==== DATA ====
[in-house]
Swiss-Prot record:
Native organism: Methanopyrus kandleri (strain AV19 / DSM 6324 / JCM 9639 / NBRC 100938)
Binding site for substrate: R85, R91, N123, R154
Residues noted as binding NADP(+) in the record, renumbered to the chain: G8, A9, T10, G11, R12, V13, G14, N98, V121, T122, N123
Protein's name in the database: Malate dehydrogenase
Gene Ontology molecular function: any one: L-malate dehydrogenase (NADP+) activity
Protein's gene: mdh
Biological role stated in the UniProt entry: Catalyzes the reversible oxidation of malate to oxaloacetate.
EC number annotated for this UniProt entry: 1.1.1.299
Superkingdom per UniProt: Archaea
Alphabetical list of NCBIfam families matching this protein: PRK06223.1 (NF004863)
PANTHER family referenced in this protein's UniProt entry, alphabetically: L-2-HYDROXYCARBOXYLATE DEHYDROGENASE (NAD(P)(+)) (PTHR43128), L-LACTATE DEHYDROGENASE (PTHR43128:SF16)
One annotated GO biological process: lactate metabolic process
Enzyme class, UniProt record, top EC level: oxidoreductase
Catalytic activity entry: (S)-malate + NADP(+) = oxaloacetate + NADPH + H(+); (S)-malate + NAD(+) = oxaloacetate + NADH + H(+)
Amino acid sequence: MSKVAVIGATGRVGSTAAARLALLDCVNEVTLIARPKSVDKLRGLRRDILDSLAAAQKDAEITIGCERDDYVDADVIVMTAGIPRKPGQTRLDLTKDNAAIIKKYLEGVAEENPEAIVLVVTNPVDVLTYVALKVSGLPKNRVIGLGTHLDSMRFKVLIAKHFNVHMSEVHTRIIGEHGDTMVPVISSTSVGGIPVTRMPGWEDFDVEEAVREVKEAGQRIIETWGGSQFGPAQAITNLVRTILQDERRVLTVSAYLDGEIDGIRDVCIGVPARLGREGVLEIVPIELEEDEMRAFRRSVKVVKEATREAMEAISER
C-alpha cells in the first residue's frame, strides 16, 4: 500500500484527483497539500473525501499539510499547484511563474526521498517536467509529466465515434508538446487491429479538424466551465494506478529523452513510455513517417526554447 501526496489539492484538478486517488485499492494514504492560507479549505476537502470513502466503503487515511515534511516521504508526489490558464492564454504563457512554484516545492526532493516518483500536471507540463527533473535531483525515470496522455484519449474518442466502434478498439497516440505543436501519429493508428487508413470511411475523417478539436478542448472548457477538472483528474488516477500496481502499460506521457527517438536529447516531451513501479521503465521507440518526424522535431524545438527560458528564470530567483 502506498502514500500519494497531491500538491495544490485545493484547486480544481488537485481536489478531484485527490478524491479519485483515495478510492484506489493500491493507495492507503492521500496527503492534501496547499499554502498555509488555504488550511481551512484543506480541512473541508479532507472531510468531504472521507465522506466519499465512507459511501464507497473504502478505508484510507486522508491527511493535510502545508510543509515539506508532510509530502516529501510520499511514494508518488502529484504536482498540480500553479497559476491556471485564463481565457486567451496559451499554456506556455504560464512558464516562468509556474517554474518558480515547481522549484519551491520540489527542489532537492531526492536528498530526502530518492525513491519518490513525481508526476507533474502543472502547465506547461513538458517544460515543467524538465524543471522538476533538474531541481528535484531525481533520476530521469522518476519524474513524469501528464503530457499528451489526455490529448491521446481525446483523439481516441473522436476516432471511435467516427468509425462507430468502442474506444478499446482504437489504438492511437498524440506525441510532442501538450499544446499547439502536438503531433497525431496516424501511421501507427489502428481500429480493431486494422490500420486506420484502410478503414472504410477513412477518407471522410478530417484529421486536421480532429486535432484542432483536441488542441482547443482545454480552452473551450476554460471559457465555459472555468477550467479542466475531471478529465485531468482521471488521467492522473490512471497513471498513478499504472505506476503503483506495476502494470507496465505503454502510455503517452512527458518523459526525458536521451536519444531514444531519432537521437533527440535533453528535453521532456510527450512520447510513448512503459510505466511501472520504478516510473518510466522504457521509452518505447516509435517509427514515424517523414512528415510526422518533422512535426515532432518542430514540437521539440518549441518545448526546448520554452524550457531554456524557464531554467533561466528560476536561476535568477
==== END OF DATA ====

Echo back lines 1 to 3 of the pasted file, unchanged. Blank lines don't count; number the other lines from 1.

[in-house]
Swiss-Prot record:
Native organism: Methanopyrus kandleri (strain AV19 / DSM 6324 / JCM 9639 / NBRC 100938)